Other changes made to the A16 Bionic chip over its predecessor may be a faster neural engine and an improved image signal processor – the latter will certainly be necessary if rumors of a 48MP main camera on the iPhone 14 Pro models prove to be true. Some also expect a larger chip so that Apple can increase the number of transistors from the 15 billion that are included in the A15 Bionic.
What does it all mean in terms of performance expectations. GSMArena (Opens in a new tab)compiling reports from various sources including Macworld (Opens in a new tab) and numbers (Opens in a new tab)a 15% improvement in CPU speeds and 25% to 30% faster graphics for A16 Bionic over A15 Bionic.
iPhone 14 and A15 Bionic
That leaves the iPhone 14 and another phone – said to be the iPhone 14 Max – dealing with last year’s chipset. Of course, when rumors state that these two phones will feature the A15 Bionic, they don’t mean the same chipset that powers the iPhone 13 and iPhone 13 mini.
Instead, the idea would be that the iPhone 14 “graduates” to the A15 Bionic used by the iPhone 13 Pros. This is the one with a 5-core GPU. If you fitted the Apple iPhone 14 with 6 GB of RAM like the iPhone 13 Pro – the iPhone 13 features 4 GB – that would also give the performance of the new phone a boost.
In other words, you would expect the iPhone 14 powered by A15 Bionic technology to see an improvement in performance over the standard iPhone 13 model, even if the gap between the iPhone 14 versus the iPhone 14 Pro widens, although some observers argue that the gap won’t be as large as you might think .
The bigger question long overdue, then, is what Apple will call these chipsets inside the iPhone 14. Referring to it as last year’s chip might be a tough marketing sell to get people excited about the new phone. Apple could add something to the name of the chipset to distinguish it from the A15 Bionic, though the most likely solution is for the company to label the older chipset as the A16 Bionic and attach a Pro modifier to the silicon name inside the iPhone 14 Pros. For now, we’ll continue to differentiate these two chipsets as the A15 and the A16 just to keep things straight.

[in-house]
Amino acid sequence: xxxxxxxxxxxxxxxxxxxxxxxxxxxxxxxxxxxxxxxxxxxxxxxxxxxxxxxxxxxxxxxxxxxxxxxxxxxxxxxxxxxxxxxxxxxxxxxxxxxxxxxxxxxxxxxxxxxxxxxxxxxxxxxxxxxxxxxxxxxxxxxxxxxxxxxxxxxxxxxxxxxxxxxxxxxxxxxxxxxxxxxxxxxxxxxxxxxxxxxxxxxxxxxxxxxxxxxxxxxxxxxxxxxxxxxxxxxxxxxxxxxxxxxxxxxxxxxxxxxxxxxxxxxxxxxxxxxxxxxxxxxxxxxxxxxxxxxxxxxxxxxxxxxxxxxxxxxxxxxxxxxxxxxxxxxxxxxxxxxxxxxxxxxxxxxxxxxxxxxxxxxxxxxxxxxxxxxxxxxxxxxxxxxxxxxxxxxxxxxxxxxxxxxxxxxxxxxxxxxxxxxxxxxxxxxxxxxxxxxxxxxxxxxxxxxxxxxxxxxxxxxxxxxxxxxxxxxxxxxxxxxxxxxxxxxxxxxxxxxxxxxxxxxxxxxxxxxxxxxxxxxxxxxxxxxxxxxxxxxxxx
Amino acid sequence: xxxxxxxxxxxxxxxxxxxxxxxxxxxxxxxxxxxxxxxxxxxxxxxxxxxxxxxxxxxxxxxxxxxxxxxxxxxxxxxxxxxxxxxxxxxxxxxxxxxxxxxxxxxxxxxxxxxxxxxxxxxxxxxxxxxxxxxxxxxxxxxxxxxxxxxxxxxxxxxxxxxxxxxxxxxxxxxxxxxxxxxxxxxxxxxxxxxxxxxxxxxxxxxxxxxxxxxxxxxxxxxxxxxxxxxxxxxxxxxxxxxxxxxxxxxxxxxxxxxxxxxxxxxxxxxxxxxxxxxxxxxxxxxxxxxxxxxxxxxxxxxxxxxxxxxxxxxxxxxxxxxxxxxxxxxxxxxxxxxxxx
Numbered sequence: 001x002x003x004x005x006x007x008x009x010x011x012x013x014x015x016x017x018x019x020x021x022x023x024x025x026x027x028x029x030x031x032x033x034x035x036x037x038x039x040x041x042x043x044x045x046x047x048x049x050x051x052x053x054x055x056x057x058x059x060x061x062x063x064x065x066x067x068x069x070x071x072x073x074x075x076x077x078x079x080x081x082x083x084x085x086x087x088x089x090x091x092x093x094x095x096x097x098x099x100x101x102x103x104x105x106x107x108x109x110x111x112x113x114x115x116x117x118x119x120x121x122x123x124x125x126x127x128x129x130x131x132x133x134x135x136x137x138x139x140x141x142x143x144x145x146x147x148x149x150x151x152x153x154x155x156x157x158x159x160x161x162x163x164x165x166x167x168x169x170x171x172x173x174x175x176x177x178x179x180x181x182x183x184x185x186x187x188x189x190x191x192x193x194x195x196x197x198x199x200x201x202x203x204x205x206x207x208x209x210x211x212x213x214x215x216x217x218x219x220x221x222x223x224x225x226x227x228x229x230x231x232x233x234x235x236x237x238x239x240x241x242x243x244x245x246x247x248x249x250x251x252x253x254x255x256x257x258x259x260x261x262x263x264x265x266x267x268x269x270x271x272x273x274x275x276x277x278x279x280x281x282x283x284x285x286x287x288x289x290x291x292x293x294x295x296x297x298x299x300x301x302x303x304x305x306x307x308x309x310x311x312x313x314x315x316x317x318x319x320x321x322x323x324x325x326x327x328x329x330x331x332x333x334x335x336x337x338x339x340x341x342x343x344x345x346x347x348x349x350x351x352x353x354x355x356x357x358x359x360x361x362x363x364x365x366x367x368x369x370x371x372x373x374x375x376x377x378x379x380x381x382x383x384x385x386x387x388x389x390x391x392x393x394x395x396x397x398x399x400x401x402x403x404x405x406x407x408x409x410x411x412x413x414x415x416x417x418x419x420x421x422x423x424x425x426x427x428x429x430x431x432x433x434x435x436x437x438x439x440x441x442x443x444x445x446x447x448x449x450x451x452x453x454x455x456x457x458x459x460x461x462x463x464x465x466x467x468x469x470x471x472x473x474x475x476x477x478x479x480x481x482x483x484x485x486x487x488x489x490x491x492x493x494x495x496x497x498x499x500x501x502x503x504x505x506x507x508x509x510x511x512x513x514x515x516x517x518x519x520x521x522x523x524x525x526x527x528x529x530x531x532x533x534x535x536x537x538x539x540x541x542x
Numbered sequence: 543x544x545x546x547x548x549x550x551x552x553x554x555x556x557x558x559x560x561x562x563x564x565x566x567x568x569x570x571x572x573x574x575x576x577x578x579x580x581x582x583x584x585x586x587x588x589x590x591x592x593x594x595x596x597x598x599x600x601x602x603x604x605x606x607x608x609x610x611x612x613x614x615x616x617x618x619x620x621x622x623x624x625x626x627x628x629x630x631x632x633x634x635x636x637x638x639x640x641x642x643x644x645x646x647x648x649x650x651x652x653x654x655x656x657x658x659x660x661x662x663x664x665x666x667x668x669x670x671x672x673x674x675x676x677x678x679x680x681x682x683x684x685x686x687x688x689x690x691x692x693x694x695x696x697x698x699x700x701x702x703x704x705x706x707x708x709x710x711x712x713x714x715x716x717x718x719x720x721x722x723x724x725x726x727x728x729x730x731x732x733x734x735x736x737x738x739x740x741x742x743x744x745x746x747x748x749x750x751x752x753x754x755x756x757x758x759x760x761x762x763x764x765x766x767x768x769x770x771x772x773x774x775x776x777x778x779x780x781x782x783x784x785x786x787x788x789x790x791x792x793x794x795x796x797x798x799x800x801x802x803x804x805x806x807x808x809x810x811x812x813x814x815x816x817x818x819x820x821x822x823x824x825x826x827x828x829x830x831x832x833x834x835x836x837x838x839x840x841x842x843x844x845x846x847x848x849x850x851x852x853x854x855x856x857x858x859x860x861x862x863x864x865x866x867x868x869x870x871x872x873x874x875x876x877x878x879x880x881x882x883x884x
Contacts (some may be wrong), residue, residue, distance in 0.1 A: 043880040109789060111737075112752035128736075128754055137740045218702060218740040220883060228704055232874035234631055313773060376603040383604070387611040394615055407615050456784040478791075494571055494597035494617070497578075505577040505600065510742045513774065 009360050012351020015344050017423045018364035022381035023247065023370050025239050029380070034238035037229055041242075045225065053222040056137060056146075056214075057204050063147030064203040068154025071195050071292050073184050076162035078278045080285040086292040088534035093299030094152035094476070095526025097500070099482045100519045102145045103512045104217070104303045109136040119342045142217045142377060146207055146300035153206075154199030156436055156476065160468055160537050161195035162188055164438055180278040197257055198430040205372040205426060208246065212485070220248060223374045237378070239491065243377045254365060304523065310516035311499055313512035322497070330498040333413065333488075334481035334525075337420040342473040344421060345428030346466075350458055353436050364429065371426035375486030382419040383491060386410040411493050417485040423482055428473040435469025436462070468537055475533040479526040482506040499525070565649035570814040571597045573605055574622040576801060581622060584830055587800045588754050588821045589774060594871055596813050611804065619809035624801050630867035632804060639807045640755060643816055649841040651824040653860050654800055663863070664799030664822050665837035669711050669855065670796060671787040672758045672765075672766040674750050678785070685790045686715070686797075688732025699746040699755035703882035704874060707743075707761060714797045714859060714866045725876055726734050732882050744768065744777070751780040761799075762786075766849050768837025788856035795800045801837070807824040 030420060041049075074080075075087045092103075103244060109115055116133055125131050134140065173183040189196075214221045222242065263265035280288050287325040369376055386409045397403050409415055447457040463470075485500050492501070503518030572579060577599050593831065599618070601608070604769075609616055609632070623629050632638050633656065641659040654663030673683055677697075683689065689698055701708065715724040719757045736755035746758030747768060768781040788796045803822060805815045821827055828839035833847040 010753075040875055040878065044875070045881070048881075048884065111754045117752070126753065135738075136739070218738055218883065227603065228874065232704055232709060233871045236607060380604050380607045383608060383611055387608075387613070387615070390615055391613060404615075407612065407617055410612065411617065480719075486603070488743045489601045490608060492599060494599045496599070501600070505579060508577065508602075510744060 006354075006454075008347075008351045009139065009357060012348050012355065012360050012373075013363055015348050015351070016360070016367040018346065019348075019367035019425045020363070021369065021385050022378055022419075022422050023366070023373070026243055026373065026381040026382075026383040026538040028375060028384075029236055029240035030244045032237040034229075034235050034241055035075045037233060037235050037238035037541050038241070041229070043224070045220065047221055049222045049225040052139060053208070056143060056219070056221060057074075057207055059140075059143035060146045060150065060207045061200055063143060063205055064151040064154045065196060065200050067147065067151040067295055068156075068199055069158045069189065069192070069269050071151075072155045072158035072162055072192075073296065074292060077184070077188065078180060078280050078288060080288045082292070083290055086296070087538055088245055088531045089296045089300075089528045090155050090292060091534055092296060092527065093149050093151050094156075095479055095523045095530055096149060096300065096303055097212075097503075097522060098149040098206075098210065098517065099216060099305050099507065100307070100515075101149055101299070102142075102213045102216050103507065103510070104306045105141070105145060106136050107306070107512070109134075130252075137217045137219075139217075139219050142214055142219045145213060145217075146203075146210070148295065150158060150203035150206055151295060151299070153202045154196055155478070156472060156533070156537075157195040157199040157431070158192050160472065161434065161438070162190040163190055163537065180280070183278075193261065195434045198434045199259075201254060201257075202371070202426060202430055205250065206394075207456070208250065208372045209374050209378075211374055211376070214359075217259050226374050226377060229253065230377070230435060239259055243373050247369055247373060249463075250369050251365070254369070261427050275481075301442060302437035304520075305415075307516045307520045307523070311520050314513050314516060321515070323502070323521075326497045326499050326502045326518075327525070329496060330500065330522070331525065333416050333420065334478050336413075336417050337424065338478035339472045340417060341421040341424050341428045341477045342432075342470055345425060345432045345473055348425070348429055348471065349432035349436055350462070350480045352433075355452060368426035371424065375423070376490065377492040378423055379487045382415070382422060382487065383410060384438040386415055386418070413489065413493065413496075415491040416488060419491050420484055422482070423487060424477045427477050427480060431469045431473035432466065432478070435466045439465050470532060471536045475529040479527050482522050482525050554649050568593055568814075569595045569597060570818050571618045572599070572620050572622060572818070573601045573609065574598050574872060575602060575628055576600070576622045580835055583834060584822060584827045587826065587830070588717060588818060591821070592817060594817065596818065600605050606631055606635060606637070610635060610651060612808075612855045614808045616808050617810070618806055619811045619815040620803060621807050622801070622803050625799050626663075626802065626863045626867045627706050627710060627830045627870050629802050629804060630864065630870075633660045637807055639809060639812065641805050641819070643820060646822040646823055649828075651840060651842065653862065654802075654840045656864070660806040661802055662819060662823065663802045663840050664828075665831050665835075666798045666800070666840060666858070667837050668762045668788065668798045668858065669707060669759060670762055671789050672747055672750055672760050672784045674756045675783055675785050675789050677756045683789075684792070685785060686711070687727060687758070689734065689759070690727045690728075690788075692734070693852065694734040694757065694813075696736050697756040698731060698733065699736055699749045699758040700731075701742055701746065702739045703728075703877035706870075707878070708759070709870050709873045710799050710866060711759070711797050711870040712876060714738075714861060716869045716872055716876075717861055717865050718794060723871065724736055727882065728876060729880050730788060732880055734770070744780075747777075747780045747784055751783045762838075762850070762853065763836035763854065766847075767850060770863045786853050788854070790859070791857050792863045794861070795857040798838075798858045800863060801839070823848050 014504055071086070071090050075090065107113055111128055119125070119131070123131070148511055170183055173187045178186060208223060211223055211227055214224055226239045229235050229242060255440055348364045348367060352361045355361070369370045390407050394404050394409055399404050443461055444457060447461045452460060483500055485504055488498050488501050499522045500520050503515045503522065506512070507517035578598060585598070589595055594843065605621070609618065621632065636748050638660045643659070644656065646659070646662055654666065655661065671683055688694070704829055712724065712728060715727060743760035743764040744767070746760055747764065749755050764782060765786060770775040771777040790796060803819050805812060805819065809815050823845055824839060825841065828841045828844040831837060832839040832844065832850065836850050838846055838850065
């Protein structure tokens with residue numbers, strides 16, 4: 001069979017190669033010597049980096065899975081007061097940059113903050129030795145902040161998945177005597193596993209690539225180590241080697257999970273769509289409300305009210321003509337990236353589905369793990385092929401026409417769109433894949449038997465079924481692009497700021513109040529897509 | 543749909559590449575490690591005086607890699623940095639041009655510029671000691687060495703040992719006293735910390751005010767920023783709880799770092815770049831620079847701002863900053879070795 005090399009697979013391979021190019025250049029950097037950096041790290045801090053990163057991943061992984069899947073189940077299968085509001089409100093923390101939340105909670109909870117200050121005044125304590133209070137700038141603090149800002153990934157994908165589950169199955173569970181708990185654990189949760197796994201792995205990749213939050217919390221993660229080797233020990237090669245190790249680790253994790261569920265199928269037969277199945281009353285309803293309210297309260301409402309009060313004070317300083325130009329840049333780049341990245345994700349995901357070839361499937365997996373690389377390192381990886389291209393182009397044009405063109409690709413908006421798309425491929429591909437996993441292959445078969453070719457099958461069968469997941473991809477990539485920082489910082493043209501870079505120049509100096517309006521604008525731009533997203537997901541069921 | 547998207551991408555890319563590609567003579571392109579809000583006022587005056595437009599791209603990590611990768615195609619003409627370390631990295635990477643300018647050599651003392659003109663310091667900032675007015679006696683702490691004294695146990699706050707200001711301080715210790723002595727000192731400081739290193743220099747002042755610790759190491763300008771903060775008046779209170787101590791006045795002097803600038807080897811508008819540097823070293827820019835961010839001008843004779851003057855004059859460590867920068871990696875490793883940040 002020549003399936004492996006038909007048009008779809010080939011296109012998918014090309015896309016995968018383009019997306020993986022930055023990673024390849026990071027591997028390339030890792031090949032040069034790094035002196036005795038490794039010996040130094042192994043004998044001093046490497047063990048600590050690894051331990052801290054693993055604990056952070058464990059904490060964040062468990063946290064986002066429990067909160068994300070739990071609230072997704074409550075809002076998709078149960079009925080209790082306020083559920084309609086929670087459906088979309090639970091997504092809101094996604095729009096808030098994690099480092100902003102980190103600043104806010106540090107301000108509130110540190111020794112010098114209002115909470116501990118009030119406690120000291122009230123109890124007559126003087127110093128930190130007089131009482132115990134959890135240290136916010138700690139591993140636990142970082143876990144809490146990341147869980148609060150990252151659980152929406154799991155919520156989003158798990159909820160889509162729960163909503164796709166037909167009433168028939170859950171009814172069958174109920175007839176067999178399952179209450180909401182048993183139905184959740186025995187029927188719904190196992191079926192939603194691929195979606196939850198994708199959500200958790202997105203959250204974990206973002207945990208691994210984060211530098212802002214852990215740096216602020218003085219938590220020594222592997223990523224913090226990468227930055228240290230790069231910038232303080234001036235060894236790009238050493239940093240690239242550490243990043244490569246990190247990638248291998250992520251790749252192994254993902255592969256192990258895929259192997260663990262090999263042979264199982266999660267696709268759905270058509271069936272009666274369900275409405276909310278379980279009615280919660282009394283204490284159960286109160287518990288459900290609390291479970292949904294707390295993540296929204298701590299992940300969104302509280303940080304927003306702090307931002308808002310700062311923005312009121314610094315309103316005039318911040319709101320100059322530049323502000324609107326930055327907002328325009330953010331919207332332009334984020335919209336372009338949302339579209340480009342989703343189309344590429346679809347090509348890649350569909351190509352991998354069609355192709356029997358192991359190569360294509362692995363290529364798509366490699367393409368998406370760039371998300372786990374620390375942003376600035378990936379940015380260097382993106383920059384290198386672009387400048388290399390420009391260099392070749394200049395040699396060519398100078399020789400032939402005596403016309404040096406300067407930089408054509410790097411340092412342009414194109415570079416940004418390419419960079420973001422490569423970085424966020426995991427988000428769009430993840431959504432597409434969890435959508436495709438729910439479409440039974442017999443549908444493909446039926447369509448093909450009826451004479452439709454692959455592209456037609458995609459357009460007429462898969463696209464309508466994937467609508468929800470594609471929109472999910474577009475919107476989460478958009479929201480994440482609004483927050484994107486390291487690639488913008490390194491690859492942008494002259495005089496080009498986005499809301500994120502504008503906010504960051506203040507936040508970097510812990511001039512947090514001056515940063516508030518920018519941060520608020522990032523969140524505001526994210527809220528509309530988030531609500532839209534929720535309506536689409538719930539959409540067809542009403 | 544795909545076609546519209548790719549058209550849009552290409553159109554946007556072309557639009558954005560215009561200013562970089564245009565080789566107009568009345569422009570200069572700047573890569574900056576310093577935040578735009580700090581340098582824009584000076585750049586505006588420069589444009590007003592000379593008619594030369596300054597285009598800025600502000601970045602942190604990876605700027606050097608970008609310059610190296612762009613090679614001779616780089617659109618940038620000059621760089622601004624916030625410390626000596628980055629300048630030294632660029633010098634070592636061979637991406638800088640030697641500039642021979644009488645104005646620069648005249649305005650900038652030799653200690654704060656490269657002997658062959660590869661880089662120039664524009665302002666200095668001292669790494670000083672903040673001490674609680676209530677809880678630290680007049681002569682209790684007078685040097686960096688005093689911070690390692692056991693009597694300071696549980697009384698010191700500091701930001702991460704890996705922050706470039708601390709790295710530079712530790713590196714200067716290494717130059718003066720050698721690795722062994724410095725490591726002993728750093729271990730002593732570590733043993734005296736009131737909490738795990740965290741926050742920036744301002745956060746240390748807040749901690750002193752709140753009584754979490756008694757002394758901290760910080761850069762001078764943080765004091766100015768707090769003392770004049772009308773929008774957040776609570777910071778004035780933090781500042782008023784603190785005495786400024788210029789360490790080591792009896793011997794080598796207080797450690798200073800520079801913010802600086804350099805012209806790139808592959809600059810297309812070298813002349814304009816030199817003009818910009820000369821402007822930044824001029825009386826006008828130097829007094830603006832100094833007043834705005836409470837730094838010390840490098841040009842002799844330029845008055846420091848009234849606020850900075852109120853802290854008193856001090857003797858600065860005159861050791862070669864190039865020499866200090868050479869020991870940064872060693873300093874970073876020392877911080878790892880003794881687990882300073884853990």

A16 Bionic vs. A15 Bionic: Will it matter?
Whatever Apple eventually calls its chipsets, it’s very likely that the device that powers the iPhone 14 Pro will be faster. That in and of itself would be a departure from the iPhones of the recent past, which generally offer similar performance, and give or take the RAM that Apple includes in every phone.
In this sense, then, the difference between the A16 Bionic versus the A15 Bionic will be significant, although not as much as the other changes Apple has planned for Pro phones. Besides the 48MP camera upgrade, the new Pro models will likely lose the notch from the display; They should also continue to have fast-refreshing displays, a feature that will likely overtake the standard iPhone again. Those differences seem far more significant than any performance boost the A16 is likely to offer, although having that extra handling oomph would definitely be a sign in favor of the iPhone 14 Pro.
We’ll know the full story when Apple finally reveals its phones. But for now, the A16/A15 differentiation feels like just another way Apple separates its Pro phones from the rest of its iPhones.
read the following: The iPhone 14 is rumored to use an old chip — and that’s okaywhile we explore how much power is really needed.